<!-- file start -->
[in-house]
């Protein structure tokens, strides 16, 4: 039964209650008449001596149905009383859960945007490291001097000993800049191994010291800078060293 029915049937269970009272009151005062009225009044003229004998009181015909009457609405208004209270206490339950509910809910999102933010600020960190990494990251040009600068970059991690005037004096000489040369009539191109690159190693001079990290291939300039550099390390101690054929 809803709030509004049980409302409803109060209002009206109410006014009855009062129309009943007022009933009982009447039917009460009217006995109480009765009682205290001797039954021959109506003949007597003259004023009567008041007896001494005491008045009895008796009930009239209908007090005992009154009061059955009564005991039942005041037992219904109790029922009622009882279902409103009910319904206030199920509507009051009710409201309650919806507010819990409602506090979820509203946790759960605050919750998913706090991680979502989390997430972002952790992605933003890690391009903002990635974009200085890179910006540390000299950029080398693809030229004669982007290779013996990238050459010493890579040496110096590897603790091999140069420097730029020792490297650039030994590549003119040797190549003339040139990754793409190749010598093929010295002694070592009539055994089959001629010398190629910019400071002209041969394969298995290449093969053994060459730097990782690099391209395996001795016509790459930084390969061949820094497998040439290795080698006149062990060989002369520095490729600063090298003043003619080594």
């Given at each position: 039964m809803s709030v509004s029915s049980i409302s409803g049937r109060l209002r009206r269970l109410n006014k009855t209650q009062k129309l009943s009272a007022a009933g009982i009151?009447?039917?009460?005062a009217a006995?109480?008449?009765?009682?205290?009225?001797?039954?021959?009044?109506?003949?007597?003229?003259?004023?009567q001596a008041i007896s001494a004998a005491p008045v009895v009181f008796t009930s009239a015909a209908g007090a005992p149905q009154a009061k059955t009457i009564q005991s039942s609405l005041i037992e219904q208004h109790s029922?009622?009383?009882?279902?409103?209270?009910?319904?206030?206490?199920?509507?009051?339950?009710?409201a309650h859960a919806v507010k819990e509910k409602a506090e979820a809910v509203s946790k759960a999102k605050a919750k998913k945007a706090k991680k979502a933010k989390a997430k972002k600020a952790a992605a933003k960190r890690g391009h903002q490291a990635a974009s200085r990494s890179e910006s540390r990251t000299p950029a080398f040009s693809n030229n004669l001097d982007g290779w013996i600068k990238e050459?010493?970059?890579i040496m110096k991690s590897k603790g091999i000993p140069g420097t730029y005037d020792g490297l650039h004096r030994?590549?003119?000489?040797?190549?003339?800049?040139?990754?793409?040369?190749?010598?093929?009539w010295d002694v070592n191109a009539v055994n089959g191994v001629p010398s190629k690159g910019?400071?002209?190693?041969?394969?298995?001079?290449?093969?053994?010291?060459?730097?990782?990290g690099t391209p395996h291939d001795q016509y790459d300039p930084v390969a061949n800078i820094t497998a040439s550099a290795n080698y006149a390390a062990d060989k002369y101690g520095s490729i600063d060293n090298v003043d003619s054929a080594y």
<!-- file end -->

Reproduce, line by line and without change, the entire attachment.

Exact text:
[in-house]
């Protein structure tokens, strides 16, 4: 039964209650008449001596149905009383859960945007490291001097000993800049191994010291800078060293 029915049937269970009272009151005062009225009044003229004998009181015909009457609405208004209270206490339950509910809910999102933010600020960190990494990251040009600068970059991690005037004096000489040369009539191109690159190693001079990290291939300039550099390390101690054929 809803709030509004049980409302409803109060209002009206109410006014009855009062129309009943007022009933009982009447039917009460009217006995109480009765009682205290001797039954021959109506003949007597003259004023009567008041007896001494005491008045009895008796009930009239209908007090005992009154009061059955009564005991039942005041037992219904109790029922009622009882279902409103009910319904206030199920509507009051009710409201309650919806507010819990409602506090979820509203946790759960605050919750998913706090991680979502989390997430972002952790992605933003890690391009903002990635974009200085890179910006540390000299950029080398693809030229004669982007290779013996990238050459010493890579040496110096590897603790091999140069420097730029020792490297650039030994590549003119040797190549003339040139990754793409190749010598093929010295002694070592009539055994089959001629010398190629910019400071002209041969394969298995290449093969053994060459730097990782690099391209395996001795016509790459930084390969061949820094497998040439290795080698006149062990060989002369520095490729600063090298003043003619080594």
């Given at each position: 039964m809803s709030v509004s029915s049980i409302s409803g049937r109060l209002r009206r269970l109410n006014k009855t209650q009062k129309l009943s009272a007022a009933g009982i009151?009447?039917?009460?005062a009217a006995?109480?008449?009765?009682?205290?009225?001797?039954?021959?009044?109506?003949?007597?003229?003259?004023?009567q001596a008041i007896s001494a004998a005491p008045v009895v009181f008796t009930s009239a015909a209908g007090a005992p149905q009154a009061k059955t009457i009564q005991s039942s609405l005041i037992e219904q208004h109790s029922?009622?009383?009882?279902?409103?209270?009910?319904?206030?206490?199920?509507?009051?339950?009710?409201a309650h859960a919806v507010k819990e509910k409602a506090e979820a809910v509203s946790k759960a999102k605050a919750k998913k945007a706090k991680k979502a933010k989390a997430k972002k600020a952790a992605a933003k960190r890690g391009h903002q490291a990635a974009s200085r990494s890179e910006s540390r990251t000299p950029a080398f040009s693809n030229n004669l001097d982007g290779w013996i600068k990238e050459?010493?970059?890579i040496m110096k991690s590897k603790g091999i000993p140069g420097t730029y005037d020792g490297l650039h004096r030994?590549?003119?000489?040797?190549?003339?800049?040139?990754?793409?040369?190749?010598?093929?009539w010295d002694v070592n191109a009539v055994n089959g191994v001629p010398s190629k690159g910019?400071?002209?190693?041969?394969?298995?001079?290449?093969?053994?010291?060459?730097?990782?990290g690099t391209p395996h291939d001795q016509y790459d300039p930084v390969a061949n800078i820094t497998a040439s550099a290795n080698y006149a390390a062990d060989k002369y101690g520095s490729i600063d060293n090298v003043d003619s054929a080594y």